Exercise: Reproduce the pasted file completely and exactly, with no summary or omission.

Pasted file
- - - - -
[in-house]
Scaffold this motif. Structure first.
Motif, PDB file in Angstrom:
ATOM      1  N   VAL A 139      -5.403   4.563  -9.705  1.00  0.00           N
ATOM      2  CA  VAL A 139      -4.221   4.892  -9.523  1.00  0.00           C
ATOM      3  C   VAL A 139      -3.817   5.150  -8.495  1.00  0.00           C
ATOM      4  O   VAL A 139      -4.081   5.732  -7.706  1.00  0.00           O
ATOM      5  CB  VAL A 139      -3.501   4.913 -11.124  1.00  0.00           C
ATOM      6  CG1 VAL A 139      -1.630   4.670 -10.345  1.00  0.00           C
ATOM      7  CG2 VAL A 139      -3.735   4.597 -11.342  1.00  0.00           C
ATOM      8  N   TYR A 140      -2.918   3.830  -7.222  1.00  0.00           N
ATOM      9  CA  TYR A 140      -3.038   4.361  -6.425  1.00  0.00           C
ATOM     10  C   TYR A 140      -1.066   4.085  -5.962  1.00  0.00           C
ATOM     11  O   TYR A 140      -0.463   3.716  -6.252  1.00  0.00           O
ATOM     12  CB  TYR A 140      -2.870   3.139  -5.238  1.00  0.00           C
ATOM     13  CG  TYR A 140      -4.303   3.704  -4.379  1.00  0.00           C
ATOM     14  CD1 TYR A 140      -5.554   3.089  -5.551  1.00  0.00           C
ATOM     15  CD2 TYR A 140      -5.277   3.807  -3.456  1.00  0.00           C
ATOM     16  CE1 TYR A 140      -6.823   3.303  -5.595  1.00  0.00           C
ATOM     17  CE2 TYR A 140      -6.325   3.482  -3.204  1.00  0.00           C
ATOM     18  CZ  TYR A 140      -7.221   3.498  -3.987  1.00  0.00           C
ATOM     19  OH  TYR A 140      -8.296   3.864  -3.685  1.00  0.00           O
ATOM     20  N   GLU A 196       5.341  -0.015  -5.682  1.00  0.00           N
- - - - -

[in-house]
Scaffold this motif. Structure first.
Motif, PDB file in Angstrom:
ATOM      1  N   VAL A 139      -5.403   4.563  -9.705  1.00  0.00           N
ATOM      2  CA  VAL A 139      -4.221   4.892  -9.523  1.00  0.00           C
ATOM      3  C   VAL A 139      -3.817   5.150  -8.495  1.00  0.00           C
ATOM      4  O   VAL A 139      -4.081   5.732  -7.706  1.00  0.00           O
ATOM      5  CB  VAL A 139      -3.501   4.913 -11.124  1.00  0.00           C
ATOM      6  CG1 VAL A 139      -1.630   4.670 -10.345  1.00  0.00           C
ATOM      7  CG2 VAL A 139      -3.735   4.597 -11.342  1.00  0.00           C
ATOM      8  N   TYR A 140      -2.918   3.830  -7.222  1.00  0.00           N
ATOM      9  CA  TYR A 140      -3.038   4.361  -6.425  1.00  0.00           C
ATOM     10  C   TYR A 140      -1.066   4.085  -5.962  1.00  0.00           C
ATOM     11  O   TYR A 140      -0.463   3.716  -6.252  1.00  0.00           O
ATOM     12  CB  TYR A 140      -2.870   3.139  -5.238  1.00  0.00           C
ATOM     13  CG  TYR A 140      -4.303   3.704  -4.379  1.00  0.00           C
ATOM     14  CD1 TYR A 140      -5.554   3.089  -5.551  1.00  0.00           C
ATOM     15  CD2 TYR A 140      -5.277   3.807  -3.456  1.00  0.00           C
ATOM     16  CE1 TYR A 140      -6.823   3.303  -5.595  1.00  0.00           C
ATOM     17  CE2 TYR A 140      -6.325   3.482  -3.204  1.00  0.00           C
ATOM     18  CZ  TYR A 140      -7.221   3.498  -3.987  1.00  0.00           C
ATOM     19  OH  TYR A 140      -8.296   3.864  -3.685  1.00  0.00           O
ATOM     20  N   GLU A 196       5.341  -0.015  -5.682  1.00  0.00           N